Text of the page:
They then describe the procedure adding: “Our description of this process is rarely sufficient to become proficient at it. We discuss this method in our monthly 6-day clinics. Information specifically about this cognitive therapy work can be found at www.thework.org and the books of Byron Katie.”

Wise and Anderson are practical “in the trenches” therapists who work daily with severe pelvic pain and other chronic syndromes . They recommended Byron Katie’s method already in the 4th edition of the book (pp. 298-301).

I am happy to tell that my friend Ms. Essi Tolonen will be able to make true her long-held dream — Essi will attend the 2008 School in Germany in two weeks. Many people here in Finland are already eagerly waiting for what she will tell us about the School.

All the best to you and your wonderful work

J. V.
Helsinki, Finland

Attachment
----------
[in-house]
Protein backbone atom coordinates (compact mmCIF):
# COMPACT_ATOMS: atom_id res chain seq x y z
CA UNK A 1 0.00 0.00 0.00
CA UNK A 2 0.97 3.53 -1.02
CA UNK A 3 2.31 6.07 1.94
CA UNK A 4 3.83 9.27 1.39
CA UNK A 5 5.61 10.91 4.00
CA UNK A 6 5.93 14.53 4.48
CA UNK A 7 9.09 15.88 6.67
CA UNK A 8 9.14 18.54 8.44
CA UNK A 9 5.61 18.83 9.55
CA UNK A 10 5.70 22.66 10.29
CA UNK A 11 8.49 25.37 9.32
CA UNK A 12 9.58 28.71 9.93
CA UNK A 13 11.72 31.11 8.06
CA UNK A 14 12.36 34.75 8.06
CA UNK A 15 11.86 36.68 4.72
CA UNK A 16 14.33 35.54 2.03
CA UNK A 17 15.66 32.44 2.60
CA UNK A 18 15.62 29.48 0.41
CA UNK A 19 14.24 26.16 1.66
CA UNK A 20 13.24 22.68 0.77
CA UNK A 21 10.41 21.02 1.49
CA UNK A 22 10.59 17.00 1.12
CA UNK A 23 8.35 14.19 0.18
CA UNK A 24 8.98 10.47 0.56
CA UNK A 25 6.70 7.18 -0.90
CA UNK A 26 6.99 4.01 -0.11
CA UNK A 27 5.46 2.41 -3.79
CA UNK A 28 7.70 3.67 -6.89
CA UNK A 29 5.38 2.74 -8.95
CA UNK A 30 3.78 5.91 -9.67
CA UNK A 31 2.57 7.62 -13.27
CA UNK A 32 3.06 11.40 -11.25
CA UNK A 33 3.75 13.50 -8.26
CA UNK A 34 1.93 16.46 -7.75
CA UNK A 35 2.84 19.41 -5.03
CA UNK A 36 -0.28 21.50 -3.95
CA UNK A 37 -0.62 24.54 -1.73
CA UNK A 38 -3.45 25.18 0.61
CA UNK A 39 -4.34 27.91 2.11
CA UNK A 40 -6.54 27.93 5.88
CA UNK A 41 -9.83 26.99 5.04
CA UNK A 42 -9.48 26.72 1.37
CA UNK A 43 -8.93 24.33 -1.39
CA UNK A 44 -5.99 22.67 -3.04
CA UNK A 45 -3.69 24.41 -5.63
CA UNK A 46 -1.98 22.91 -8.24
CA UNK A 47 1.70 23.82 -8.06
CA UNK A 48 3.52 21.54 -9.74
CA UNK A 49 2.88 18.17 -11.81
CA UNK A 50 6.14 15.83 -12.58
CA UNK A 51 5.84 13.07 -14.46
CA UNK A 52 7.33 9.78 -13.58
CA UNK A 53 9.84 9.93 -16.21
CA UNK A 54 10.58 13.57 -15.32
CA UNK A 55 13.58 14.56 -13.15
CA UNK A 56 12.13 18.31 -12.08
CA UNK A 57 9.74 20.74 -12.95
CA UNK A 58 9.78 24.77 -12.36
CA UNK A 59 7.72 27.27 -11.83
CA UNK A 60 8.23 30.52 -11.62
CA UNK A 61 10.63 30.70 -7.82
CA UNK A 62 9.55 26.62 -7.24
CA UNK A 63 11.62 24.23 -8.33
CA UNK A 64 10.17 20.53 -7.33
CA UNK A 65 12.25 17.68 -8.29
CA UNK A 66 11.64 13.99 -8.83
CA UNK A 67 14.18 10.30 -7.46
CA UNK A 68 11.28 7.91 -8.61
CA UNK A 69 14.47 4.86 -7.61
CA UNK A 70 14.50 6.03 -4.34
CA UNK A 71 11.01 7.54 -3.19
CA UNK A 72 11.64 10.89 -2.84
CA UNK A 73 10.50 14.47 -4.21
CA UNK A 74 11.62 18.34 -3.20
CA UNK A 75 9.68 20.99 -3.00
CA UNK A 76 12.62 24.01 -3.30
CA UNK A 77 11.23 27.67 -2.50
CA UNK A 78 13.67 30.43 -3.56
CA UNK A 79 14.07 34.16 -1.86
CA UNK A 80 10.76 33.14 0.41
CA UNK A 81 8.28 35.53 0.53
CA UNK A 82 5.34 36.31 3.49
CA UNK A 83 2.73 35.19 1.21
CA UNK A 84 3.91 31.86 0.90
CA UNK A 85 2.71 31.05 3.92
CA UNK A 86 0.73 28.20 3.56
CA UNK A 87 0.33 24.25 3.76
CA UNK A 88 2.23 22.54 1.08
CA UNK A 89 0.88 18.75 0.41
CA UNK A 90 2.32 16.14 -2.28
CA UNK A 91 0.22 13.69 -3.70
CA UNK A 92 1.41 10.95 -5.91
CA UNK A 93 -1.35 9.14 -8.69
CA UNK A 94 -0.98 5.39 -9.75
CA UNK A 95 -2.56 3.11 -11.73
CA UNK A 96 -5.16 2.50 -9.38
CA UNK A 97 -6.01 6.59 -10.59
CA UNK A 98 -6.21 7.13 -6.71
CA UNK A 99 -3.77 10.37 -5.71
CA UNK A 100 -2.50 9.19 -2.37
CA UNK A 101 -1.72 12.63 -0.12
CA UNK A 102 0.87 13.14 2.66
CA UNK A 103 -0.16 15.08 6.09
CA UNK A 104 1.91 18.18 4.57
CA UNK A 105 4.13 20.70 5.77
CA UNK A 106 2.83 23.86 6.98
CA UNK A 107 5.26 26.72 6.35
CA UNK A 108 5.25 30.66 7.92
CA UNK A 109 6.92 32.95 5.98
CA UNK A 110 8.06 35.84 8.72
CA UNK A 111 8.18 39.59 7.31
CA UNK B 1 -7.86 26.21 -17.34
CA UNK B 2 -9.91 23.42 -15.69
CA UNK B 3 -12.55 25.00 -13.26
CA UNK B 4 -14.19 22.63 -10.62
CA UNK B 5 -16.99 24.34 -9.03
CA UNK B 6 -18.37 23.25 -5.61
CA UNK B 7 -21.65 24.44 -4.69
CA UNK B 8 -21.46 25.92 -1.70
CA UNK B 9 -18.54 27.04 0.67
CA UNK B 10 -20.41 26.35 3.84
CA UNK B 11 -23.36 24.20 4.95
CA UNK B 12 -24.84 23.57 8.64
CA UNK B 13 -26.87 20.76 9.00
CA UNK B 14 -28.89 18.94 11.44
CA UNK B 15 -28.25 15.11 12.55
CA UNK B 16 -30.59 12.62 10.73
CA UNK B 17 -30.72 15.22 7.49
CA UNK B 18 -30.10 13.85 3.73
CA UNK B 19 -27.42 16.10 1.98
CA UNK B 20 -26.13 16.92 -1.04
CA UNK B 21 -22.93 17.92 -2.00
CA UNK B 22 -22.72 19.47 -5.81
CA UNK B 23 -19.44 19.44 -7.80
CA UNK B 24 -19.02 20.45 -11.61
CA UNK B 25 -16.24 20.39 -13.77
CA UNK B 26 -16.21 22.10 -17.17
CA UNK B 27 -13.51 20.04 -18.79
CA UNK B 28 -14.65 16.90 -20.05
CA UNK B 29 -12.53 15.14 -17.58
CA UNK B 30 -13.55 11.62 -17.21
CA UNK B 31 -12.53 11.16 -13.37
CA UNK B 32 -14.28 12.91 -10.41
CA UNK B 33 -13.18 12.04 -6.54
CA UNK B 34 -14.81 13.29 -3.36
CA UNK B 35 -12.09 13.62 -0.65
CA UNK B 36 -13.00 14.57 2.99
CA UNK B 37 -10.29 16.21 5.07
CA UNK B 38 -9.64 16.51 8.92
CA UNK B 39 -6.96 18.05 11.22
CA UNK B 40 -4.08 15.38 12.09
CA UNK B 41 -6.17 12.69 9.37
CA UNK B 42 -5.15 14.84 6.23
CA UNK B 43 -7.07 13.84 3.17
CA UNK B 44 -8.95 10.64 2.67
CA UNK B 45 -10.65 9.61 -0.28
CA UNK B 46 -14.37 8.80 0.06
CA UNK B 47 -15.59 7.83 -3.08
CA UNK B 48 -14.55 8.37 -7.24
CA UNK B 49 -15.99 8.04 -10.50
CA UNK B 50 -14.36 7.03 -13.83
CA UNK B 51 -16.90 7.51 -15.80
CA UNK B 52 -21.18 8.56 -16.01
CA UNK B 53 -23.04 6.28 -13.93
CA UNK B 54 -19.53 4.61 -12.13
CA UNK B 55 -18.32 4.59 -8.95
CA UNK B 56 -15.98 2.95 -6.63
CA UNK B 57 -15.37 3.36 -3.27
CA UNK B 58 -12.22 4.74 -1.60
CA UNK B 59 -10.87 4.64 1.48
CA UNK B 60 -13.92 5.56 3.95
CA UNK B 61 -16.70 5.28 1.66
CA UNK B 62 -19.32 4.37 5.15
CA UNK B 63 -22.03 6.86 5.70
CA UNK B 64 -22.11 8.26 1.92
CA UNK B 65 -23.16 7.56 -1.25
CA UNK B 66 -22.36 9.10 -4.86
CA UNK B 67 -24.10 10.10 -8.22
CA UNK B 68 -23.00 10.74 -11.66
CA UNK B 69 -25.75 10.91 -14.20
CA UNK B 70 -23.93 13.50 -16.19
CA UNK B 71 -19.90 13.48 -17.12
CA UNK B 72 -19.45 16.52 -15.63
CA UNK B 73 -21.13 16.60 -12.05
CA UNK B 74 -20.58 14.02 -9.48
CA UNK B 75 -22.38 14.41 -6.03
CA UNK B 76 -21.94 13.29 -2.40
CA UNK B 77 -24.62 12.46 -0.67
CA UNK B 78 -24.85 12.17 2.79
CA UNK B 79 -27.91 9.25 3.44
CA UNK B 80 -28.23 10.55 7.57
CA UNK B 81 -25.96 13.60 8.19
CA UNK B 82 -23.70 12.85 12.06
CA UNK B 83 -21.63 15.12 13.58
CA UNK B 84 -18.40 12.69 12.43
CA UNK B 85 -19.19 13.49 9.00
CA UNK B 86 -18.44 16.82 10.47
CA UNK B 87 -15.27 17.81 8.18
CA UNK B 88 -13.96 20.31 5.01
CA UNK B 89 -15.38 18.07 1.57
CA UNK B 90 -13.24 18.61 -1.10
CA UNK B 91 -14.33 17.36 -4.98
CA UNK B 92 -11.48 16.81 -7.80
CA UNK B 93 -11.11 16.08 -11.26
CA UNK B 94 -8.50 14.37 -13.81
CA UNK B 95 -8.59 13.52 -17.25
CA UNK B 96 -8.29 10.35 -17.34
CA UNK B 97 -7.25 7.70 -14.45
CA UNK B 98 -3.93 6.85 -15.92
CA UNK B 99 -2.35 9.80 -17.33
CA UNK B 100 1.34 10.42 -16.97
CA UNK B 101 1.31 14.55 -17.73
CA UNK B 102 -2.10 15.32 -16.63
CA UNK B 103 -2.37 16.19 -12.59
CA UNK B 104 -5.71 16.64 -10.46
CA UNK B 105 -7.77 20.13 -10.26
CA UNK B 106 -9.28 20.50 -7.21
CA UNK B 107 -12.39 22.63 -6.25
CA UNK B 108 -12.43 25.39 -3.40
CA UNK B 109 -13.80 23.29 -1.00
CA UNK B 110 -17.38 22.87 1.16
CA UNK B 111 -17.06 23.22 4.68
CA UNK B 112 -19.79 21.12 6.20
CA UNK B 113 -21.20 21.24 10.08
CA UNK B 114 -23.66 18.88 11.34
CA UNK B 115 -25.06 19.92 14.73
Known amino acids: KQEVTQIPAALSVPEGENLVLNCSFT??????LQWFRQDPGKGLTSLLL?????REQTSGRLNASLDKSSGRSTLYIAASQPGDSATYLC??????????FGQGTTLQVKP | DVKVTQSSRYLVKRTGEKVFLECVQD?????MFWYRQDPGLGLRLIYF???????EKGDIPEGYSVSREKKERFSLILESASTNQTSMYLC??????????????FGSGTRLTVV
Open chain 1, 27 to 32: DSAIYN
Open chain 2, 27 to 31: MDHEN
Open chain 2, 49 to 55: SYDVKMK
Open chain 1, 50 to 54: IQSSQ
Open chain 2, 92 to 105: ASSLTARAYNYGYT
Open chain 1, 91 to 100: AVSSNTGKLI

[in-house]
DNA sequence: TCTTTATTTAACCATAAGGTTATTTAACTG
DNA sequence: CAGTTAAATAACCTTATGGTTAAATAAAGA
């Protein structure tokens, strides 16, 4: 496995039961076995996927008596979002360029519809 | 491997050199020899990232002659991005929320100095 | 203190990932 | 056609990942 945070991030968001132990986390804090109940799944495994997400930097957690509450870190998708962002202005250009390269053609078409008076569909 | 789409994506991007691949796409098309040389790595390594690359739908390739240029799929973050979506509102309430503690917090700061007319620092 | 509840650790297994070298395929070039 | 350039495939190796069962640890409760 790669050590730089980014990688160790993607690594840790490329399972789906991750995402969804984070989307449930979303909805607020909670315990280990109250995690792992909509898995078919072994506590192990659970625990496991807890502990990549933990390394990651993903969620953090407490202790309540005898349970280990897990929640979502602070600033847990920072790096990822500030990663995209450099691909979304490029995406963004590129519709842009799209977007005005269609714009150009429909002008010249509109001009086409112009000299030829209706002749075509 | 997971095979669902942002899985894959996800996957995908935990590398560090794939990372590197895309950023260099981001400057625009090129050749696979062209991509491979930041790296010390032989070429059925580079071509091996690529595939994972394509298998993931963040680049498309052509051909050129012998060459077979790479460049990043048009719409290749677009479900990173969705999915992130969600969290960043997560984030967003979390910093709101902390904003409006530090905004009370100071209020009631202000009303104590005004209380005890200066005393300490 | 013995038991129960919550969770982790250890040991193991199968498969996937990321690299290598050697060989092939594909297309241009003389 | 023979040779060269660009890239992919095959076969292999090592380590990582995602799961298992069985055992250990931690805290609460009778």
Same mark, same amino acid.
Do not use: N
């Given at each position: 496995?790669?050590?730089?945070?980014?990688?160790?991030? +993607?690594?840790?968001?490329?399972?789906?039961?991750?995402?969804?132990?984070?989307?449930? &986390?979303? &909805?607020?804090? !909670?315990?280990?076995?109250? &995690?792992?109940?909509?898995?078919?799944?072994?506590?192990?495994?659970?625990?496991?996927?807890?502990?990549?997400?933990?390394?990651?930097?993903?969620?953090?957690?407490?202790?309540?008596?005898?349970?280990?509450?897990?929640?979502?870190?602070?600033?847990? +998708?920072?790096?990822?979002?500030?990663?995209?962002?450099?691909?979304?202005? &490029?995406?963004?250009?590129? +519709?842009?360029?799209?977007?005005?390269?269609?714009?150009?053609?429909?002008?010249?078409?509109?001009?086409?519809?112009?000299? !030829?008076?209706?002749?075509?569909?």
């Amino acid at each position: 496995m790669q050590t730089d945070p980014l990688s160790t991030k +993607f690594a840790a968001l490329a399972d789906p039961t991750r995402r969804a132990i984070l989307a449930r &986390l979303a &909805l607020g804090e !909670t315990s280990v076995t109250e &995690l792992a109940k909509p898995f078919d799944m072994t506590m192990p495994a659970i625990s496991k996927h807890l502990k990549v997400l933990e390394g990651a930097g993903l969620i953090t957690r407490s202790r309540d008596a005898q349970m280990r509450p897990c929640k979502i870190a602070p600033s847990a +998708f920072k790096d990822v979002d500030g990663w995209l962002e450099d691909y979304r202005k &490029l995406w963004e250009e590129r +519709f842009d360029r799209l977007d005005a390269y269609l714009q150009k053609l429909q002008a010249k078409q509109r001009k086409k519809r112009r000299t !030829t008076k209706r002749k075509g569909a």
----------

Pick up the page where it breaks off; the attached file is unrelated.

Europe 2008

I’m thrilled to be in Europe again this summer. This may be my last visit for a while. The body says “slow down” and mind says “keep going until everyone in the world has The Work.”

Since I don’t know when I will return to Europe, this trip is especially dear to me, and I would love to see as many of you as possible in two of my favorite cities, at two day-long public events:

 

Amsterdam on Friday, July 18, and

 

Stuttgart on Sunday, July 20.

Also: the nine-day School for The Work in Bad Neuenahr, Germany, July 25-August 3, will have real-time German translation. We have a new translating system, which allows the translation to happen simultaneously as I speak, with no delay (German speakers wear headsets). So they can do The Work with me in real time! We tested it in Spanish at the Miami School, and it was seamless.

Registration is open, and I would love to see many many of you come to School for the shift of a lifetime!